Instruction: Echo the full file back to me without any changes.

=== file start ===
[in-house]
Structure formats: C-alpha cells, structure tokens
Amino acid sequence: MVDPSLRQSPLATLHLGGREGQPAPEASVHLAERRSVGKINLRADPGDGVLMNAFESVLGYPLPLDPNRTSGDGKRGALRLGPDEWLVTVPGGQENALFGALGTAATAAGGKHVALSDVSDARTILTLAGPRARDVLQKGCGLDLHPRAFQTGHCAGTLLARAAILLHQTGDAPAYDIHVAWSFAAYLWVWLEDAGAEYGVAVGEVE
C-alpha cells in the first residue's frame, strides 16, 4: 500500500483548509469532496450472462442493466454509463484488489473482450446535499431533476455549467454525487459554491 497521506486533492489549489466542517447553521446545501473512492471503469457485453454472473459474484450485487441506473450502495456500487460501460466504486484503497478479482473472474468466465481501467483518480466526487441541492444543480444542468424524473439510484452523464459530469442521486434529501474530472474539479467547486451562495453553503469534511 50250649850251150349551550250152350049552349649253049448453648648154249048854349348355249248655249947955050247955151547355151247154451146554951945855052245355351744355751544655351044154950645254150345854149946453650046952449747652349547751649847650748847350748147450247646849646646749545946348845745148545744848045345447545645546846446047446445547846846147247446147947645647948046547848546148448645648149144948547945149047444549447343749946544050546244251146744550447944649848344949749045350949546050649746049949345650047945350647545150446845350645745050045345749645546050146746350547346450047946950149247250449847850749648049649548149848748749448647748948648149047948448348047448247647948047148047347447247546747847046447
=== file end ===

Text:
[in-house]
Structure formats: C-alpha cells, structure tokens
Amino acid sequence: MVDPSLRQSPLATLHLGGREGQPAPEASVHLAERRSVGKINLRADPGDGVLMNAFESVLGYPLPLDPNRTSGDGKRGALRLGPDEWLVTVPGGQENALFGALGTAATAAGGKHVALSDVSDARTILTLAGPRARDVLQKGCGLDLHPRAFQTGHCAGTLLARAAILLHQTGDAPAYDIHVAWSFAAYLWVWLEDAGAEYGVAVGEVE
C-alpha cells in the first residue's frame, strides 16, 4: 500500500483548509469532496450472462442493466454509463484488489473482450446535499431533476455549467454525487459554491 497521506486533492489549489466542517447553521446545501473512492471503469457485453454472473459474484450485487441506473450502495456500487460501460466504486484503497478479482473472474468466465481501467483518480466526487441541492444543480444542468424524473439510484452523464459530469442521486434529501474530472474539479467547486451562495453553503469534511 50250649850251150349551550250152350049552349649253049448453648648154249048854349348355249248655249947955050247955151547355151247154451146554951945855052245355351744355751544655351044154950645254150345854149946453650046952449747652349547751649847650748847350748147450247646849646646749545946348845745148545744848045345447545645546846446047446445547846846147247446147947645647948046547848546148448645648149144948547945149047444549447343749946544050546244251146744550447944649848344949749045350949546050649746049949345650047945350647545150446845350645745050045345749645546050146746350547346450047946950149247250449847850749648049649548149848748749448647748948648149047948448348047448247647948047148047347447247546747847046447